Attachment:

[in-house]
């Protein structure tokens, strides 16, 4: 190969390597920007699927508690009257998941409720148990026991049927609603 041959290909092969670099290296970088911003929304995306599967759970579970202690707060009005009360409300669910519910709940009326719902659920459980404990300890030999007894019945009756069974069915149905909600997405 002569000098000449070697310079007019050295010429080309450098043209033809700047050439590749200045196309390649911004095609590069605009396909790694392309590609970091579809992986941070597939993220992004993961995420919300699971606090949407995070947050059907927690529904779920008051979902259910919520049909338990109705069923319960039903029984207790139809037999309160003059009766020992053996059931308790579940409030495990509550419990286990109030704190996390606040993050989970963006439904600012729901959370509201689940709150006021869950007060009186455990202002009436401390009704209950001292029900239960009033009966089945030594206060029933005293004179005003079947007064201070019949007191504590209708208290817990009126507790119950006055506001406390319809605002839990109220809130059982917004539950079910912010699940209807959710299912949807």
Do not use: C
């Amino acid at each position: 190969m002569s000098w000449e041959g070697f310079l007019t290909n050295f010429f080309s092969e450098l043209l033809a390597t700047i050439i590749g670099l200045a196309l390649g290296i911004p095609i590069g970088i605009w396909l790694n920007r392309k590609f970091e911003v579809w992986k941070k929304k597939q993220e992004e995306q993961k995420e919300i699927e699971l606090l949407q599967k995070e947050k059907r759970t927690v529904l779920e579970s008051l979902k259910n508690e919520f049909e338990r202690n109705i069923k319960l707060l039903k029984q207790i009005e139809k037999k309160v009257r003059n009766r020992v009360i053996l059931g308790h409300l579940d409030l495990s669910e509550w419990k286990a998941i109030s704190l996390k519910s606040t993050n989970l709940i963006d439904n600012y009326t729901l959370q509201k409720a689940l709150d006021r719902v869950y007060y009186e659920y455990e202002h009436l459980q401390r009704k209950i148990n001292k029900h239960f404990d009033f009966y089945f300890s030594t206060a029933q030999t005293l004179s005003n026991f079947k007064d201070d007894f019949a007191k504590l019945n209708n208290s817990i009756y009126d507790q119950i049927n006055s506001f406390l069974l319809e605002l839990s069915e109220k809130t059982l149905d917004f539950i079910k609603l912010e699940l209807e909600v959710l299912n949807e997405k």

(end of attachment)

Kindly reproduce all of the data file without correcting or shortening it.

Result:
[in-house]
């Protein structure tokens, strides 16, 4: 190969390597920007699927508690009257998941409720148990026991049927609603 041959290909092969670099290296970088911003929304995306599967759970579970202690707060009005009360409300669910519910709940009326719902659920459980404990300890030999007894019945009756069974069915149905909600997405 002569000098000449070697310079007019050295010429080309450098043209033809700047050439590749200045196309390649911004095609590069605009396909790694392309590609970091579809992986941070597939993220992004993961995420919300699971606090949407995070947050059907927690529904779920008051979902259910919520049909338990109705069923319960039903029984207790139809037999309160003059009766020992053996059931308790579940409030495990509550419990286990109030704190996390606040993050989970963006439904600012729901959370509201689940709150006021869950007060009186455990202002009436401390009704209950001292029900239960009033009966089945030594206060029933005293004179005003079947007064201070019949007191504590209708208290817990009126507790119950006055506001406390319809605002839990109220809130059982917004539950079910912010699940209807959710299912949807």
Do not use: C
């Amino acid at each position: 190969m002569s000098w000449e041959g070697f310079l007019t290909n050295f010429f080309s092969e450098l043209l033809a390597t700047i050439i590749g670099l200045a196309l390649g290296i911004p095609i590069g970088i605009w396909l790694n920007r392309k590609f970091e911003v579809w992986k941070k929304k597939q993220e992004e995306q993961k995420e919300i699927e699971l606090l949407q599967k995070e947050k059907r759970t927690v529904l779920e579970s008051l979902k259910n508690e919520f049909e338990r202690n109705i069923k319960l707060l039903k029984q207790i009005e139809k037999k309160v009257r003059n009766r020992v009360i053996l059931g308790h409300l579940d409030l495990s669910e509550w419990k286990a998941i109030s704190l996390k519910s606040t993050n989970l709940i963006d439904n600012y009326t729901l959370q509201k409720a689940l709150d006021r719902v869950y007060y009186e659920y455990e202002h009436l459980q401390r009704k209950i148990n001292k029900h239960f404990d009033f009966y089945f300890s030594t206060a029933q030999t005293l004179s005003n026991f079947k007064d201070d007894f019949a007191k504590l019945n209708n208290s817990i009756y009126d507790q119950i049927n006055s506001f406390l069974l319809e605002l839990s069915e109220k809130t059982l149905d917004f539950i079910k609603l912010e699940l209807e909600v959710l299912n949807e997405k």